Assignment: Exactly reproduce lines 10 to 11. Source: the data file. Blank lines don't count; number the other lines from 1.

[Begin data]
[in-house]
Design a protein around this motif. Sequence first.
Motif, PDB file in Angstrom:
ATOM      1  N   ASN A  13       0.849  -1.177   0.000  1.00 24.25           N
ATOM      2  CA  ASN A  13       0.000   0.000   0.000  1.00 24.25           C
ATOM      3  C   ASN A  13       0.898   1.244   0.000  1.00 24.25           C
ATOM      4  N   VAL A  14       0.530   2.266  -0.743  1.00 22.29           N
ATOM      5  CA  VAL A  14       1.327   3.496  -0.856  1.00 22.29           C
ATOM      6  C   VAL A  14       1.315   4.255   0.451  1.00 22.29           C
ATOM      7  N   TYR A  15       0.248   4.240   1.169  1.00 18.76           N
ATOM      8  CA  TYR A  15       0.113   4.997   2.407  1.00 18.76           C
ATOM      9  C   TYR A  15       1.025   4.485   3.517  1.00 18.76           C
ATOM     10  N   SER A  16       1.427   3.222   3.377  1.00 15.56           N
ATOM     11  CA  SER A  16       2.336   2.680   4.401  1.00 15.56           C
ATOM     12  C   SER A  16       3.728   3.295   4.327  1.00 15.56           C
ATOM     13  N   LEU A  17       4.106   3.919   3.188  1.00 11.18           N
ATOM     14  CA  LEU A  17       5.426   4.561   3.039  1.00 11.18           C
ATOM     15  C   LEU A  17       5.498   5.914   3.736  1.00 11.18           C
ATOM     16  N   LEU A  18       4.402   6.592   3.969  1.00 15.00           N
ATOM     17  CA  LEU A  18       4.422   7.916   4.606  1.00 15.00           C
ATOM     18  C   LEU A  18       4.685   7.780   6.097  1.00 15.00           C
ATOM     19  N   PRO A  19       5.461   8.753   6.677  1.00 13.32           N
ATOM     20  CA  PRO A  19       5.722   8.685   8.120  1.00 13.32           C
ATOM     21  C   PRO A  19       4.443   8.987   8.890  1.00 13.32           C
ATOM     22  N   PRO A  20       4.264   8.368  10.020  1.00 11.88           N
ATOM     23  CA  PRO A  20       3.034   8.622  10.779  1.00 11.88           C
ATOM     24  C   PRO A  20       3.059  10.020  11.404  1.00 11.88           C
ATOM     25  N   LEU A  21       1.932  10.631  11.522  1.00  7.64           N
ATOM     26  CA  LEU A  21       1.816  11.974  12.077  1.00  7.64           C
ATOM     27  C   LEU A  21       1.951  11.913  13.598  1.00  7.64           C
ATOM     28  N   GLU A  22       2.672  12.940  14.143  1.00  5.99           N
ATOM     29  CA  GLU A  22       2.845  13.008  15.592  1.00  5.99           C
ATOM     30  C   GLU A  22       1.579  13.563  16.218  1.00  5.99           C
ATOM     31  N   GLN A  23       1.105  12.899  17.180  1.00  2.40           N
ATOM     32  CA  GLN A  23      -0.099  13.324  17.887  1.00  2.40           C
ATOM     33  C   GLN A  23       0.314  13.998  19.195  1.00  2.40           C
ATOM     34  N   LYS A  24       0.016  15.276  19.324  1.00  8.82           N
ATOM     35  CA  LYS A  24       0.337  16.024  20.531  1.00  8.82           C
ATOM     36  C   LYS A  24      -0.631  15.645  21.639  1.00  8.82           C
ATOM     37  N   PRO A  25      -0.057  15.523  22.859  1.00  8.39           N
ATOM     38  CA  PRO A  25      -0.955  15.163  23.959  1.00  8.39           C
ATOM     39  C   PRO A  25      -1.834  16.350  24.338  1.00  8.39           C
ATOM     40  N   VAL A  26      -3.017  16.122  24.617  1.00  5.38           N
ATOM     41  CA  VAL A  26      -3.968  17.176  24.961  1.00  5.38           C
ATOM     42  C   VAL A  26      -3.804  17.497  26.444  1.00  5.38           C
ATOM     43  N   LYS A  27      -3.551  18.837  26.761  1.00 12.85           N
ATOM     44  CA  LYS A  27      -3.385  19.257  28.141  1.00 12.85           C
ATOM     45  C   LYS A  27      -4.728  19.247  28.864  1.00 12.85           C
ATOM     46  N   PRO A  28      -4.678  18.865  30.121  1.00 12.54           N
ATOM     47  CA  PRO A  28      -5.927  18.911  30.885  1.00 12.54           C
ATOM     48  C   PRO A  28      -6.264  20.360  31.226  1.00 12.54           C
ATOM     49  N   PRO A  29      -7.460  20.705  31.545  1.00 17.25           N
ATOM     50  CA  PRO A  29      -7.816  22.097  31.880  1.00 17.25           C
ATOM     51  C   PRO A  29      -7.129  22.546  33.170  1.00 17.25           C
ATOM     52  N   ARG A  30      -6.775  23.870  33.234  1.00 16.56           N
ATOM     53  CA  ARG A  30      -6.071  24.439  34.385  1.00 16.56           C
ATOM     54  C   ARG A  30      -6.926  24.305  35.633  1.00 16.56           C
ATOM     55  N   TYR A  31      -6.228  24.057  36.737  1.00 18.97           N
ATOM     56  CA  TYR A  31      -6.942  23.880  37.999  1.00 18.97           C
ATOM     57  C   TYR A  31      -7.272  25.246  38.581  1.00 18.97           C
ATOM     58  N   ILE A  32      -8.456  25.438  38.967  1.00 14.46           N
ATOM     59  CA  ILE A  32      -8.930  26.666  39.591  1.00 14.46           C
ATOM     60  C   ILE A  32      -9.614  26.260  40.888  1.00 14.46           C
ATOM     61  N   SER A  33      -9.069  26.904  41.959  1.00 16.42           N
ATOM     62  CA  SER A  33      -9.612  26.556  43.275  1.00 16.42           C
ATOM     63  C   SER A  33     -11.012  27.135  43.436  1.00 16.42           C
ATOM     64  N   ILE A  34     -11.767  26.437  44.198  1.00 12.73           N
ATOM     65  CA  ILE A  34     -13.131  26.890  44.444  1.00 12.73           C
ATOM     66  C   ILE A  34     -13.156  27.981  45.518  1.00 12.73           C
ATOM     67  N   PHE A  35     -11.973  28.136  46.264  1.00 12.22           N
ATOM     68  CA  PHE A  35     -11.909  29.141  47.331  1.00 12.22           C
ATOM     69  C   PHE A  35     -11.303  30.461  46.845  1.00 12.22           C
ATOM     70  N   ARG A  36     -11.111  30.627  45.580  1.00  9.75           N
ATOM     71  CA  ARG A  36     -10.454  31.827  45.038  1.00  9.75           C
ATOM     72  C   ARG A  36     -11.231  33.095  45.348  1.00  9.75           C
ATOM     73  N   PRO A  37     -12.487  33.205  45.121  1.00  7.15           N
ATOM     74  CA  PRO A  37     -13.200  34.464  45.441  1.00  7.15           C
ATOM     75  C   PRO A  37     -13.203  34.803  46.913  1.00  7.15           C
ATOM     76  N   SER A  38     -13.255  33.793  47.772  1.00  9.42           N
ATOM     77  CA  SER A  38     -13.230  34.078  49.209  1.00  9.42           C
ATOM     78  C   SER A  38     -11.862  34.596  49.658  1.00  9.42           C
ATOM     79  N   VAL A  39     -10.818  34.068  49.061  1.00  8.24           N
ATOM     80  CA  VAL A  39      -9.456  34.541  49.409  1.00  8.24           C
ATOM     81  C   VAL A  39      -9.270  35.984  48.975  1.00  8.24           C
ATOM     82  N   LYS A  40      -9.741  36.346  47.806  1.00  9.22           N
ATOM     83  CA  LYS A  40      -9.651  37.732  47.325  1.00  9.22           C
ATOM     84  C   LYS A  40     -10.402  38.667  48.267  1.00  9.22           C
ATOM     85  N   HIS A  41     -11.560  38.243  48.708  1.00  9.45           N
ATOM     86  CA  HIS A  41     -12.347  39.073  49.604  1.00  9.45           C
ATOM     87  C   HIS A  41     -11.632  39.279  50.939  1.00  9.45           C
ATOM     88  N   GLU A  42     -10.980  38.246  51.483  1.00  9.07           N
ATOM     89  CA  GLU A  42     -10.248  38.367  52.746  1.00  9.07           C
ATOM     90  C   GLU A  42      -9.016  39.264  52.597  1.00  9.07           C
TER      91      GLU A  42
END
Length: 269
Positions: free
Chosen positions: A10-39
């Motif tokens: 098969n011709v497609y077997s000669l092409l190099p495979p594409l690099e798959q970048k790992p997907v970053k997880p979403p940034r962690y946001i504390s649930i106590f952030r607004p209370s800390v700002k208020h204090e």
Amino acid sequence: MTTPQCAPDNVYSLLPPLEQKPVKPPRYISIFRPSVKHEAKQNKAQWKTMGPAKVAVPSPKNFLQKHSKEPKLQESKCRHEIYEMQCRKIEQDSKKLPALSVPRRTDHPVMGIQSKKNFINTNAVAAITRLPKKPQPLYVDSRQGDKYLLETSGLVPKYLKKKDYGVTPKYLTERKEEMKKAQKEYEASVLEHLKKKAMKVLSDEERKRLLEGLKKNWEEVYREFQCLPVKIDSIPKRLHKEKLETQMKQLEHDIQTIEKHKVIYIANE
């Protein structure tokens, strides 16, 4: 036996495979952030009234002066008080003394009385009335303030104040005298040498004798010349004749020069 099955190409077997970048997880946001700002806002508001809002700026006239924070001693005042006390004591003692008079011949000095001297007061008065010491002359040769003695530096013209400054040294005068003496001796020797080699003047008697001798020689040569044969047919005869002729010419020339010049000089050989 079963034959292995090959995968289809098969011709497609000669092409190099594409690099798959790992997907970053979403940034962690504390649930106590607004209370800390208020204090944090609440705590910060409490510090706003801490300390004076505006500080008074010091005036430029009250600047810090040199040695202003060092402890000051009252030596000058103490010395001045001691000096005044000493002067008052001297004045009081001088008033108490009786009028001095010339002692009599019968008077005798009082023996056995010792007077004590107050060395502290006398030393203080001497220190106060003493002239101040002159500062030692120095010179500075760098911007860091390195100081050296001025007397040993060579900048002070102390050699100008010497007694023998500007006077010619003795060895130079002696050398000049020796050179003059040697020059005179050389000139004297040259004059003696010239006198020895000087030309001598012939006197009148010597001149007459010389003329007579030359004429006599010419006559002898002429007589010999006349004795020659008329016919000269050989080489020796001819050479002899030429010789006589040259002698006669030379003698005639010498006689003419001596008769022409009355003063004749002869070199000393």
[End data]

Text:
ATOM      7  N   TYR A  15       0.248   4.240   1.169  1.00 18.76           N
ATOM      8  CA  TYR A  15       0.113   4.997   2.407  1.00 18.76           C